2022 outlook: Turning point
Expect profound changes in 2022 and beyond that will create both risks and opportunities for investors.
After another extraordinary year for investors, expectations are mounting that 2022 will form a turning point for the global economy and markets: in the face of rising inflation, central bankers aim to withdraw the stimulus that has provided an extremely supportive backdrop for risk assets.
While the world is learning to live with COVID-19, flare-ups will likely continue to be disruptive; there is also the potential risk of a vaccine-resistant mutation that could have a more material impact on growth.
Politics adds another layer of uncertainty to the outlook, with midterm elections due to take place in Washington and tensions between the US and its rivals continuing to smoulder. So too do fast-paced technological developments, from the realm of the ‘metaverse’ to that of cryptocurrencies, many of which prompt excitement, bemusement and scepticism from investors and regulators in equal measure.
And yet it is also increasingly clear that the key investment themes accelerated by COVID – such as digitisation and fiscal dominance – are likely to gather pace. Following COP26, we also know that the pandemic has focused the minds of politicians and investors worldwide on the next crucial challenge: climate change and the energy transition.
Recent volatility in energy markets and bond-market gyrations, particularly at the front end of yield curves, underscore how long-term trends can reshape the investment landscape with sometimes astonishing rapidity.
In our 2022 outlook, teams from across LGIM examine what these themes mean for investors next year. Our conclusions include the following key points:
- Inflation risks could trigger an aggressive shift in monetary policy
- The ‘fear of joining in’ – or FOJI – may not be warranted in some growth themes
- Obesity is a financially material issue on which investors should engage
Other topics addressed are how the road to higher rates poses opportunities to forge more resilient portfolios; the outlook for sustainable buildings; and how demand for long-dated, sterling inflation-linked securities is likely to shape up.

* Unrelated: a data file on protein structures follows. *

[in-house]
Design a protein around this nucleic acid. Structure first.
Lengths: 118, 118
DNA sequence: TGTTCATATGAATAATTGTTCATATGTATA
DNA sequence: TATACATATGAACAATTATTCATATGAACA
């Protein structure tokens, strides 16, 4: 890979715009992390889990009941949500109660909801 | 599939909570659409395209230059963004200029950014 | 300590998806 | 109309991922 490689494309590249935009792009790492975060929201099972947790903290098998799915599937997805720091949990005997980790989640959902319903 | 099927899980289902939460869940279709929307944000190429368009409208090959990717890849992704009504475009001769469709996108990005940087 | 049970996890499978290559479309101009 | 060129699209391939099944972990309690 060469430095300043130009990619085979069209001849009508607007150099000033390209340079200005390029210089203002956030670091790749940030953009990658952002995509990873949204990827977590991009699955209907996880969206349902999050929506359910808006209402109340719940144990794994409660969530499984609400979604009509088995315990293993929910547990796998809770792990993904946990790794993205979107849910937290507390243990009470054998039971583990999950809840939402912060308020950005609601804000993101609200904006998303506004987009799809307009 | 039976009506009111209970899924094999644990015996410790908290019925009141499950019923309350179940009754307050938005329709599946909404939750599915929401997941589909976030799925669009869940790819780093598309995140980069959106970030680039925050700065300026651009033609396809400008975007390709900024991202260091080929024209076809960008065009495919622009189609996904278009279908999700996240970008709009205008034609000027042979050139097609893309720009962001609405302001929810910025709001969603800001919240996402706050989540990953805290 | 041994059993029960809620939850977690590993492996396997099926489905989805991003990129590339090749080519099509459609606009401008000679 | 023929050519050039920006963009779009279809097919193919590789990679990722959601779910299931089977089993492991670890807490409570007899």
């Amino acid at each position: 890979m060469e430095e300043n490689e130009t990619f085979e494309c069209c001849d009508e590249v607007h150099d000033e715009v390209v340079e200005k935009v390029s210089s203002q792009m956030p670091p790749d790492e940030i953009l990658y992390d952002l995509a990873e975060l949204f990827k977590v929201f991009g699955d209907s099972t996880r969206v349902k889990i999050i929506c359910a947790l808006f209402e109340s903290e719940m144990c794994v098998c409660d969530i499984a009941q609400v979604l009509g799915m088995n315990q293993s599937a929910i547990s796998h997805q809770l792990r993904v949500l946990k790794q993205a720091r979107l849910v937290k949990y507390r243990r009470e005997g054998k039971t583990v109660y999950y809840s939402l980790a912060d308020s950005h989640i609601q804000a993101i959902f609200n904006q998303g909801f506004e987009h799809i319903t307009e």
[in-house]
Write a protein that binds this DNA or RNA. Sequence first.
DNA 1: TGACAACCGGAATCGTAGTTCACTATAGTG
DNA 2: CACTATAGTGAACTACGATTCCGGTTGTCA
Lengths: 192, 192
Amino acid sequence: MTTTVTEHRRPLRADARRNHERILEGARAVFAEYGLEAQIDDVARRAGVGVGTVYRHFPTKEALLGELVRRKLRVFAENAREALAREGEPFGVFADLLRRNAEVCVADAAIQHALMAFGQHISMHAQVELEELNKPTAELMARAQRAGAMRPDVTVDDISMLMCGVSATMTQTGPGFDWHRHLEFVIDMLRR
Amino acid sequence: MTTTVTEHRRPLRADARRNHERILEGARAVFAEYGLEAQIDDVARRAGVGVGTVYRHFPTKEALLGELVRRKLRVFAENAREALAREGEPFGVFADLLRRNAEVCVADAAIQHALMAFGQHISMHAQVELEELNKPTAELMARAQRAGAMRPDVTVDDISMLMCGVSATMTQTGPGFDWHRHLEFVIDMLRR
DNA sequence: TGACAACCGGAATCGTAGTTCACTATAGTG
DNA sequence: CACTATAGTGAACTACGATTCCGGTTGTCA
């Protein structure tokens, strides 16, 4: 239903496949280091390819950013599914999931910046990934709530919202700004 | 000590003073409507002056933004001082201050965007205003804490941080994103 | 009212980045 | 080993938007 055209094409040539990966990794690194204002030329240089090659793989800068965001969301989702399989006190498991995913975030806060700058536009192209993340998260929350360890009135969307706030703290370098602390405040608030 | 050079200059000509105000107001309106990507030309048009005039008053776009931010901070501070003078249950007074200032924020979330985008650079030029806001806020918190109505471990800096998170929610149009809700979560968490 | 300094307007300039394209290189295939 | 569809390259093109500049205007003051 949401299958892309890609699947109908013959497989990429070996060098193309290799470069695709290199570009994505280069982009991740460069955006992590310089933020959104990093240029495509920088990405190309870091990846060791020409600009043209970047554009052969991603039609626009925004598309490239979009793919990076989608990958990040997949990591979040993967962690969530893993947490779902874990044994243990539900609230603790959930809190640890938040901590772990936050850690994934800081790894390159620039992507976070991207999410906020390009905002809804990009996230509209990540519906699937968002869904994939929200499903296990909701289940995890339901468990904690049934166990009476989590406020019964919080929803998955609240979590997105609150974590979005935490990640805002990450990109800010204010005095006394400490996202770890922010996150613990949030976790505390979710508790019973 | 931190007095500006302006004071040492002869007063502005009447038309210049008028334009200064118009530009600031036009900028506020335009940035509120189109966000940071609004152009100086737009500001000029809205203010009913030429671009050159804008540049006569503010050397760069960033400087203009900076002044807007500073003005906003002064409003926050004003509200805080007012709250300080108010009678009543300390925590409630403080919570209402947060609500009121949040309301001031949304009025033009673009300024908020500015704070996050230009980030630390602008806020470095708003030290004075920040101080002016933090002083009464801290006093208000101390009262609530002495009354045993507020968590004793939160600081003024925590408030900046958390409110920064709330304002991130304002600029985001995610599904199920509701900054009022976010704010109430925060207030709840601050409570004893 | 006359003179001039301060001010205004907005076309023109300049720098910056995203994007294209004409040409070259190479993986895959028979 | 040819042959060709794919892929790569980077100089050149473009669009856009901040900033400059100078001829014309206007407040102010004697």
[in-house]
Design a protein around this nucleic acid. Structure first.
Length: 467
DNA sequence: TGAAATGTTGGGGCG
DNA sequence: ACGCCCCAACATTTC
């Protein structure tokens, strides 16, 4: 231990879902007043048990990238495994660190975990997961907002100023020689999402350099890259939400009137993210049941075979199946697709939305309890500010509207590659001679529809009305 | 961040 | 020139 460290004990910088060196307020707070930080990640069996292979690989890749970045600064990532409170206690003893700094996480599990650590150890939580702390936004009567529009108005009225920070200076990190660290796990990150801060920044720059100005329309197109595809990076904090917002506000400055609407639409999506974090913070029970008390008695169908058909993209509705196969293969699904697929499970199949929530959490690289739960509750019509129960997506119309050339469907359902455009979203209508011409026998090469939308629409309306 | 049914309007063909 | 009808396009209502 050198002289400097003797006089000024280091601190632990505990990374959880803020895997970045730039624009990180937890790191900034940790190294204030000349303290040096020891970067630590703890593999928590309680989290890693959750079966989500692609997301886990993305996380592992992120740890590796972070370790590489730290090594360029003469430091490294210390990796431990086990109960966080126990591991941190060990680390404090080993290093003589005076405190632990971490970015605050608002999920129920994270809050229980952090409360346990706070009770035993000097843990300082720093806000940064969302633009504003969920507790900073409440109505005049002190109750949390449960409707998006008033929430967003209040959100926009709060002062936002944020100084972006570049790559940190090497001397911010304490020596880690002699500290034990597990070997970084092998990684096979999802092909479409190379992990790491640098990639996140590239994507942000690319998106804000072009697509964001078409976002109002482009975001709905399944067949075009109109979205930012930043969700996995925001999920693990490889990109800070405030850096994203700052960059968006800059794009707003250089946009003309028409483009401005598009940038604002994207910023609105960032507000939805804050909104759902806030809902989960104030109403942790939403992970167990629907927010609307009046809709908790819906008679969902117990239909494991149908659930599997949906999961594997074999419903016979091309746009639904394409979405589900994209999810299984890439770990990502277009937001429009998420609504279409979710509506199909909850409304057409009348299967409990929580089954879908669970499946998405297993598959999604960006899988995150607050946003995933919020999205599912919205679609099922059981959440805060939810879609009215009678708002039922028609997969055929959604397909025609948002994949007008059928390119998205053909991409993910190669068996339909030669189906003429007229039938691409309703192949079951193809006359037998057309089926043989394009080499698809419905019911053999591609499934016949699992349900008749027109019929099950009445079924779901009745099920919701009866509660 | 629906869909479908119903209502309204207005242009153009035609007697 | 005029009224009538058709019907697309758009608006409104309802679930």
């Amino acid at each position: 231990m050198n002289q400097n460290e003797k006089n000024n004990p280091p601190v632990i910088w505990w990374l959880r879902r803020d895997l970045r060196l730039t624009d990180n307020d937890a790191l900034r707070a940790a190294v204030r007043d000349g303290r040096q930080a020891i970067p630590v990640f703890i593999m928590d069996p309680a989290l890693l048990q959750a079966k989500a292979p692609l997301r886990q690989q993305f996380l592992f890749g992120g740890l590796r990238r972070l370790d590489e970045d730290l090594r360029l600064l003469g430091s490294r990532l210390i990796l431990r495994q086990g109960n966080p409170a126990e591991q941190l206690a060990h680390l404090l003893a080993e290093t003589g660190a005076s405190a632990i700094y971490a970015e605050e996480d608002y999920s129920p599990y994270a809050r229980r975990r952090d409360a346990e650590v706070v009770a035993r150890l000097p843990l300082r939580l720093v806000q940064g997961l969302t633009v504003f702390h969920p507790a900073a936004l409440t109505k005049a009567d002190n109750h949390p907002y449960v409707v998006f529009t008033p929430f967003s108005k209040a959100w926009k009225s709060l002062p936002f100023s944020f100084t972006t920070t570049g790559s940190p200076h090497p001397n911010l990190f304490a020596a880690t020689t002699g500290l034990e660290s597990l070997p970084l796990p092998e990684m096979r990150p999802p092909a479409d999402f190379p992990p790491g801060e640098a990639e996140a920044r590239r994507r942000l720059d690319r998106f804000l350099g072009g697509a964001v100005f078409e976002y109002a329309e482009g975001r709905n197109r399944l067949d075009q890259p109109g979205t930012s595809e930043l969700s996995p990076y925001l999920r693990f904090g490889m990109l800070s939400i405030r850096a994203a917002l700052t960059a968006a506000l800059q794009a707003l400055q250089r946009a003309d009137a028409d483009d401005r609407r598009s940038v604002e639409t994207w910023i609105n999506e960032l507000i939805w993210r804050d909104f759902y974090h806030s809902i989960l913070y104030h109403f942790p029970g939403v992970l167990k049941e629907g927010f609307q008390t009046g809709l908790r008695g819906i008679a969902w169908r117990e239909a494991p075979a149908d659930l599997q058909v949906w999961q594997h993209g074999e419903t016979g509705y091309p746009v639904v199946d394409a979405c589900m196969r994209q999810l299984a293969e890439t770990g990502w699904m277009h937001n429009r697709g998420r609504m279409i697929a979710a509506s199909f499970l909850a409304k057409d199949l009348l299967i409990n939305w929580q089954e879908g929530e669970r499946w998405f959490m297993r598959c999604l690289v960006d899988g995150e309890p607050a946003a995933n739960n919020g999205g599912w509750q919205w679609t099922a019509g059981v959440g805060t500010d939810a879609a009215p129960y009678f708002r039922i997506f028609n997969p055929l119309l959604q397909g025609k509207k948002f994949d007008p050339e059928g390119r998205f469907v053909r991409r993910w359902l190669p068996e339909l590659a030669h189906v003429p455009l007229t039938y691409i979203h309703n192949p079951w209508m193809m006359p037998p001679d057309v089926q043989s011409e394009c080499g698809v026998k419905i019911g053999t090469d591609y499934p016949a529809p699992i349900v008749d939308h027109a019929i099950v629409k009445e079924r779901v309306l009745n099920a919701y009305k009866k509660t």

Expectations for the role that investors need to play in tackling environmental, social and governance (ESG) issues are also continuing to rise.
As mentioned in our autumn update, we believe climate change is the era-defining challenge we face. It will require us to transform the global energy system, as well as the way we live and consume. Expect profound changes over the coming years that will create both risks and opportunities.
Despite improvements, ESG data remain patchy. We anticipate further advances in the availability and consistency of data along the investment chain, although are pessimistic as to the chances of dramatic progress on carbon pricing in the near term.
But the mixed quality of such data – and uneven market pricing of themes like climate change – enables asset managers to make capital-allocation decisions that can both deliver the positive change the world urgently needs and generate long-term returns for our clients.
This year, we made the point that inaction on climate is simply not an option. In 2022, expect to more hear from us about the nature of the action that is required.
For investors, this means across all investment capabilities, asset classes and regions. The climate emergency is a global problem that requires a truly global solution, in which we can and must play a critical role.